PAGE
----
Dioxins are environmental pollutants. They belong to the so-called “dirty dozen” – a group of dangerous chemicals known as persistent organic pollutants (POPs). Dioxins are of concern because of their highly toxic potential. Experiments have shown they affect several organs and systems.

Once dioxins enter the body, they last a long time because of their chemical stability and their ability to be absorbed by fat tissue, where they are then stored in the body. Their half-life in the body is estimated to be 7 to 11 years. In the environment, dioxins tend to accumulate in the food chain. The higher an animal is in the food chain, the higher the concentration of dioxins.

Dioxins are mainly by-products of industrial processes but can also result from natural processes, such as volcanic eruptions and forest fires. Dioxins are unwanted by-products of a wide range of manufacturing processes including smelting, chlorine bleaching of paper pulp and the manufacturing of some herbicides and pesticides. In terms of dioxin release into the environment, uncontrolled waste incinerators (solid waste and hospital waste) are often the worst culprits, due to incomplete burning. Technology is available that allows for controlled waste incineration with low dioxin emissions.

Although formation of dioxins is local, environmental distribution is global. Dioxins are found throughout the world in the environment. The highest levels of these compounds are found in some soils, sediments and food, especially dairy products, meat, fish and shellfish. Very low levels are found in plants, water and air.

Short-term exposure of humans to high levels of dioxins may result in skin lesions, such as chloracne and patchy darkening of the skin, and altered liver function. Long-term exposure is linked to impairment of the immune system, the developing nervous system, the endocrine system and reproductive functions.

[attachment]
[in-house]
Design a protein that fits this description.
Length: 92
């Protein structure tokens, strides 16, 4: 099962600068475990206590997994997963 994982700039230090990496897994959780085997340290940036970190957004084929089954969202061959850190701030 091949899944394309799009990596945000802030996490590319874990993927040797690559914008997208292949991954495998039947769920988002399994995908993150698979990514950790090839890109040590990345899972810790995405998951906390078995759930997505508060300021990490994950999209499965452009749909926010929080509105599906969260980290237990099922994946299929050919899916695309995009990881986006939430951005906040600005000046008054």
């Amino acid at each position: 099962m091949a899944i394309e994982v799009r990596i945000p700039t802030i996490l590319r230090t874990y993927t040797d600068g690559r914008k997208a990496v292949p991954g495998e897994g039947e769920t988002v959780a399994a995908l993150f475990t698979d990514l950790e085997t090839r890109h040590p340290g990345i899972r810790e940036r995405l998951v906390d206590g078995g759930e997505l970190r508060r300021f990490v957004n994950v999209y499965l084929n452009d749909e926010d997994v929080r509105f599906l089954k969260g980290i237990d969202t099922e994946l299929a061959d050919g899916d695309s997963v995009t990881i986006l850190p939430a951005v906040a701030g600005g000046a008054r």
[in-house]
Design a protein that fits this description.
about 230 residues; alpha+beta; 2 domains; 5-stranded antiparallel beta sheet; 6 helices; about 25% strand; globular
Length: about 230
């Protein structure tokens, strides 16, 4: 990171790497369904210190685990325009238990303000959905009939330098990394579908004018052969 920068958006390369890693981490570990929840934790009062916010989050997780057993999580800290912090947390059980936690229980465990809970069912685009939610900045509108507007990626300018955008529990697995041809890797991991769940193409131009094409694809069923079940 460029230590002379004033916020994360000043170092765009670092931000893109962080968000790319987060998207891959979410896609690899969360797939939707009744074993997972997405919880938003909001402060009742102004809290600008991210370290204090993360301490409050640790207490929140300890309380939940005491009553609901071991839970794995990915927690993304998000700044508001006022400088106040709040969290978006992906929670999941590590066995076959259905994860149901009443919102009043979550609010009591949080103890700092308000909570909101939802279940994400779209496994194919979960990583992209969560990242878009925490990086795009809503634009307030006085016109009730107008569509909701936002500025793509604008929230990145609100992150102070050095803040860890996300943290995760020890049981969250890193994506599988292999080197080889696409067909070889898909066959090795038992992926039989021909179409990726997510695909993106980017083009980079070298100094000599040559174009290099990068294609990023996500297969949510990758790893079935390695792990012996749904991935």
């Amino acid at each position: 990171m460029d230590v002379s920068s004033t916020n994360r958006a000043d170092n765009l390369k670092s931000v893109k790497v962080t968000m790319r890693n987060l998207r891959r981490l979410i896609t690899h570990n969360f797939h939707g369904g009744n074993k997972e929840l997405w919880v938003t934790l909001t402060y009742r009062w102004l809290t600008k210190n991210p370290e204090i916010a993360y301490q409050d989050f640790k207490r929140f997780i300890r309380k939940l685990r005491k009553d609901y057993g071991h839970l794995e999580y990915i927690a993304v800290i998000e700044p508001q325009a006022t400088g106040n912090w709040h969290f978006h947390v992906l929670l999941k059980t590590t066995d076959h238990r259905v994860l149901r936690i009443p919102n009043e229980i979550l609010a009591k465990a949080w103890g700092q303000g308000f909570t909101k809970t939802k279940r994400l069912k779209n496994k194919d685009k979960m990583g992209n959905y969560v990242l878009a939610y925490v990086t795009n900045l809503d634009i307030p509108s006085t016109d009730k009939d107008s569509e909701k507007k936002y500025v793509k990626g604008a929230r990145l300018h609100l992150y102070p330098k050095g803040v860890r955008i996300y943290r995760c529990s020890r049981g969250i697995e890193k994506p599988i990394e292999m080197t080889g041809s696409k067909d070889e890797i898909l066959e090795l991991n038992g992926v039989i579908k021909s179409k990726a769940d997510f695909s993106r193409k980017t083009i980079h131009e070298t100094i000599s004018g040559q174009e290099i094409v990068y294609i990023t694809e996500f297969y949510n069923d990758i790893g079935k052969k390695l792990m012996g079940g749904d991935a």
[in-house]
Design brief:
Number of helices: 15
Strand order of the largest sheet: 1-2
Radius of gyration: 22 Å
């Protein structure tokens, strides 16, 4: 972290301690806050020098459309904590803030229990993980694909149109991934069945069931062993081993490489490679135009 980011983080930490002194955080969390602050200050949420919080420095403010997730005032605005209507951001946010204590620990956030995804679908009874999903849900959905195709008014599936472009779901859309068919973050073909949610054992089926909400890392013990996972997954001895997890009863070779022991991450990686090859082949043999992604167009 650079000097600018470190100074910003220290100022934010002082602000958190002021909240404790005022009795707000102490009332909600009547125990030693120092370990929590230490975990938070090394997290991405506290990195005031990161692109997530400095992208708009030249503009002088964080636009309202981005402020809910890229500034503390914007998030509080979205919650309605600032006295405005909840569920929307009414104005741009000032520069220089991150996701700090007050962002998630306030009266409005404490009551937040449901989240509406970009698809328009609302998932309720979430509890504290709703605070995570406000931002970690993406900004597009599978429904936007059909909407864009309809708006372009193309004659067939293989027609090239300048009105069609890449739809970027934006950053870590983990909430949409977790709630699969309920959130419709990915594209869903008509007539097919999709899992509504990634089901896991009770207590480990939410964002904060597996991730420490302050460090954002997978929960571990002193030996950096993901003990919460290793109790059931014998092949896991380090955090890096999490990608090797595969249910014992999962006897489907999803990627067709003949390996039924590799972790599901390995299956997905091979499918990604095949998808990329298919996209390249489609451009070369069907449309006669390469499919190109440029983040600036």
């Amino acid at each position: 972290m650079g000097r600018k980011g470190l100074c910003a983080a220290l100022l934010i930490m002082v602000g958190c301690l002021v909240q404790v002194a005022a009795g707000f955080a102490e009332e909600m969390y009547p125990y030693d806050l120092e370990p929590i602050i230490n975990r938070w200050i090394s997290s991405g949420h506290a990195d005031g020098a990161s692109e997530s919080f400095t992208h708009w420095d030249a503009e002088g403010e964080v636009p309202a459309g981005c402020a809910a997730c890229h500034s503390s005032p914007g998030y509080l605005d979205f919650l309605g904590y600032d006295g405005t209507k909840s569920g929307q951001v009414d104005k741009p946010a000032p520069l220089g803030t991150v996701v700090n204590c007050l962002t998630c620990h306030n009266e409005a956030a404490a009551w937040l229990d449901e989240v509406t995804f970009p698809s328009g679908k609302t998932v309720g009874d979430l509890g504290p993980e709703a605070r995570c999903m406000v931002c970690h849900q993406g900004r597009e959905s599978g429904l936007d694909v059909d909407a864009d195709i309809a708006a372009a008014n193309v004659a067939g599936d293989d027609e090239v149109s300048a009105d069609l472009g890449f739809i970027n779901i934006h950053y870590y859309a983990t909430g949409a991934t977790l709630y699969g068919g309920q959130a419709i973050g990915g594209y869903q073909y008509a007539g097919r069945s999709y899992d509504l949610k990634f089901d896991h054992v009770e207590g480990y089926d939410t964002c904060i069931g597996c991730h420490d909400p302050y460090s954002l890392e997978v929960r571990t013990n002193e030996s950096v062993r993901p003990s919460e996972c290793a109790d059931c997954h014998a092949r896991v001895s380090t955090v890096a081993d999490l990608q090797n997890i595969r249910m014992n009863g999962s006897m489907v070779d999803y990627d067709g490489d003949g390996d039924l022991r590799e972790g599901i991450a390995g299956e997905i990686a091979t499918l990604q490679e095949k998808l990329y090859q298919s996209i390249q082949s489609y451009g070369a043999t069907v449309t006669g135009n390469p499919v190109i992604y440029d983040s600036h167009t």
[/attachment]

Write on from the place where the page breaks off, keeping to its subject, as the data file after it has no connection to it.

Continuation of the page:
Chronic exposure of animals to dioxins has resulted in several types of cancer.

Due to the omnipresence of dioxins, all people have background exposure and a certain level of dioxins in the body, leading to the so-called body burden. Current normal background exposure is not expected to affect human health on average. However, due to the high toxic potential of this class of compounds, efforts need to be undertaken to reduce current background exposure.

The developing fetus is most sensitive to dioxin exposure. Newborn, with rapidly developing organ systems, may also be more vulnerable to certain effects. Some people or groups of people may be exposed to higher levels of dioxins because of their diet (such as high consumers of fish in certain parts of the world) or their occupation (such as workers in the pulp and paper industry, in incineration plants, and at hazardous waste sites).

Proper incineration of contaminated material is the best available method of preventing and controlling exposure to dioxins.

Prevention or reduction of human exposure is best done via source-directed measures, i.e. strict control of industrial processes to reduce formation of dioxins as much as possible.

More than 90% of human exposure to dioxins is through the food supply, mainly meat and dairy products, fish and shellfish. Therefore, protecting the food supply is critical. In addition to source-directed measures to reduce dioxin emissions, secondary contamination of the food supply needs to be avoided throughout the food chain. Good controls and practices during primary production, processing, distribution and sale are all essential in the production of safe food.

Trimming fat from meat and consuming low fat dairy products may decrease the exposure to dioxin compounds. Also, a balanced diet (including adequate amounts of fruits, vegetables and cereals) will help to avoid excessive exposure from a single source. This is a long-term strategy to reduce body burdens and is probably most relevant for girls and young women to reduce exposure of the developing fetus and when breastfeeding infants later in life. However, the possibility for consumers to reduce their own exposure is somewhat limited.

Source